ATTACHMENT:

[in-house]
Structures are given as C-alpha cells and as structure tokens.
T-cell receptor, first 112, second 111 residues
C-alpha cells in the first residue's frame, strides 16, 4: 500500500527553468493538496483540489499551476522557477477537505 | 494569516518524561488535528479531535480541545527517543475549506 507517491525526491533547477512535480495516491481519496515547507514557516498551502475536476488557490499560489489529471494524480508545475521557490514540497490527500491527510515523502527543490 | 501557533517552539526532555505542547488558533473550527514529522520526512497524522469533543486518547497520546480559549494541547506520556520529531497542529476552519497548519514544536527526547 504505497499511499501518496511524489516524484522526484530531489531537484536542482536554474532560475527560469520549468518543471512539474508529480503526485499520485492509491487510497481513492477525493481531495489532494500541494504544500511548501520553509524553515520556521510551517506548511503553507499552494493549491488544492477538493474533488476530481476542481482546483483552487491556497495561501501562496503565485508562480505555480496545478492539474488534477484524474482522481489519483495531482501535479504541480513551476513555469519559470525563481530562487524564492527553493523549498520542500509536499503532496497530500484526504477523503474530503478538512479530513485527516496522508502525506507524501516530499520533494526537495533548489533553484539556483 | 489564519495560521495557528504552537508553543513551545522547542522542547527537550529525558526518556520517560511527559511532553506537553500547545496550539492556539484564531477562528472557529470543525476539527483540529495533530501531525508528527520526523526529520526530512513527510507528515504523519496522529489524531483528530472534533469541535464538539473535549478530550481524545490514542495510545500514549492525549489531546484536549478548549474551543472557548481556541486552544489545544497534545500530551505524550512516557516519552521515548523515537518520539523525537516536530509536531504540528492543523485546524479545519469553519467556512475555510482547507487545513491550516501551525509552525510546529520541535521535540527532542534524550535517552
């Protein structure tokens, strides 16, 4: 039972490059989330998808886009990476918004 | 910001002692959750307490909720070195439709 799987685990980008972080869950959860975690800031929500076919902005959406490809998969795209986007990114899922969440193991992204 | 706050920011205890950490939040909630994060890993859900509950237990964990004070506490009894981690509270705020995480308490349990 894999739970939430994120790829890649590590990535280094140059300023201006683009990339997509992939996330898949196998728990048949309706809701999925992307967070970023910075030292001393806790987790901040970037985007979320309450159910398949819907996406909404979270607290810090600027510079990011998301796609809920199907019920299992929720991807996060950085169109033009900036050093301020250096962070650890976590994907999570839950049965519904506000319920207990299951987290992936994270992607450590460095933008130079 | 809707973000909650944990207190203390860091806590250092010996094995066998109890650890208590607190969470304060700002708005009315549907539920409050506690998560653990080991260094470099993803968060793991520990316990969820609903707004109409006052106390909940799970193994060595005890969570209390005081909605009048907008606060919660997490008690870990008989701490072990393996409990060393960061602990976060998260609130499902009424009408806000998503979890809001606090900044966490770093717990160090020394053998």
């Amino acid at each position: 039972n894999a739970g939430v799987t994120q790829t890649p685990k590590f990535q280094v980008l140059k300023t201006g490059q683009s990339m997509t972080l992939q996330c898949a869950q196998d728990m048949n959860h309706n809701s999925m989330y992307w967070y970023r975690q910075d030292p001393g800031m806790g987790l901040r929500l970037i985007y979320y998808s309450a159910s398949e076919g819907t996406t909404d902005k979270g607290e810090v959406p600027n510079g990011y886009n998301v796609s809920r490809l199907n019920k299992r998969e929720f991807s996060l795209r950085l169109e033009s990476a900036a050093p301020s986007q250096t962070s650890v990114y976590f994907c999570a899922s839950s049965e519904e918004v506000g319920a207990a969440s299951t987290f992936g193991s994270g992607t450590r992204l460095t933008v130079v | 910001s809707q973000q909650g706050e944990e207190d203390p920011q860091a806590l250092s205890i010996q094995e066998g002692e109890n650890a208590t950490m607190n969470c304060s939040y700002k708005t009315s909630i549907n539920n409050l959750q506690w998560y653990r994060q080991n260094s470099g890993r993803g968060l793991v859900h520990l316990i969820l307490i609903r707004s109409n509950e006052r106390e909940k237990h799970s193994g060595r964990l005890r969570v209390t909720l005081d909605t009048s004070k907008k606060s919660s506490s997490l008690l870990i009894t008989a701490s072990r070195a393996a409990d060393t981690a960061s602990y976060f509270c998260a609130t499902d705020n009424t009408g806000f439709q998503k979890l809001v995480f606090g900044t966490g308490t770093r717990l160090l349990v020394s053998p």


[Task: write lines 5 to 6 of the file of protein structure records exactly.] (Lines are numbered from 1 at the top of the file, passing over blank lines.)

């Protein structure tokens, strides 16, 4: 039972490059989330998808886009990476918004 | 910001002692959750307490909720070195439709 799987685990980008972080869950959860975690800031929500076919902005959406490809998969795209986007990114899922969440193991992204 | 706050920011205890950490939040909630994060890993859900509950237990964990004070506490009894981690509270705020995480308490349990 894999739970939430994120790829890649590590990535280094140059300023201006683009990339997509992939996330898949196998728990048949309706809701999925992307967070970023910075030292001393806790987790901040970037985007979320309450159910398949819907996406909404979270607290810090600027510079990011998301796609809920199907019920299992929720991807996060950085169109033009900036050093301020250096962070650890976590994907999570839950049965519904506000319920207990299951987290992936994270992607450590460095933008130079 | 809707973000909650944990207190203390860091806590250092010996094995066998109890650890208590607190969470304060700002708005009315549907539920409050506690998560653990080991260094470099993803968060793991520990316990969820609903707004109409006052106390909940799970193994060595005890969570209390005081909605009048907008606060919660997490008690870990008989701490072990393996409990060393960061602990976060998260609130499902009424009408806000998503979890809001606090900044966490770093717990160090020394053998």
């Amino acid at each position: 039972n894999a739970g939430v799987t994120q790829t890649p685990k590590f990535q280094v980008l140059k300023t201006g490059q683009s990339m997509t972080l992939q996330c898949a869950q196998d728990m048949n959860h309706n809701s999925m989330y992307w967070y970023r975690q910075d030292p001393g800031m806790g987790l901040r929500l970037i985007y979320y998808s309450a159910s398949e076919g819907t996406t909404d902005k979270g607290e810090v959406p600027n510079g990011y886009n998301v796609s809920r490809l199907n019920k299992r998969e929720f991807s996060l795209r950085l169109e033009s990476a900036a050093p301020s986007q250096t962070s650890v990114y976590f994907c999570a899922s839950s049965e519904e918004v506000g319920a207990a969440s299951t987290f992936g193991s994270g992607t450590r992204l460095t933008v130079v | 910001s809707q973000q909650g706050e944990e207190d203390p920011q860091a806590l250092s205890i010996q094995e066998g002692e109890n650890a208590t950490m607190n969470c304060s939040y700002k708005t009315s909630i549907n539920n409050l959750q506690w998560y653990r994060q080991n260094s470099g890993r993803g968060l793991v859900h520990l316990i969820l307490i609903r707004s109409n509950e006052r106390e909940k237990h799970s193994g060595r964990l005890r969570v209390t909720l005081d909605t009048s004070k907008k606060s919660s506490s997490l008690l870990i009894t008989a701490s072990r070195a393996a409990d060393t981690a960061s602990y976060f509270c998260a609130t499902d705020n009424t009408g806000f439709q998503k979890l809001v995480f606090g900044t966490g308490t770093r717990l160090l349990v020394s053998p």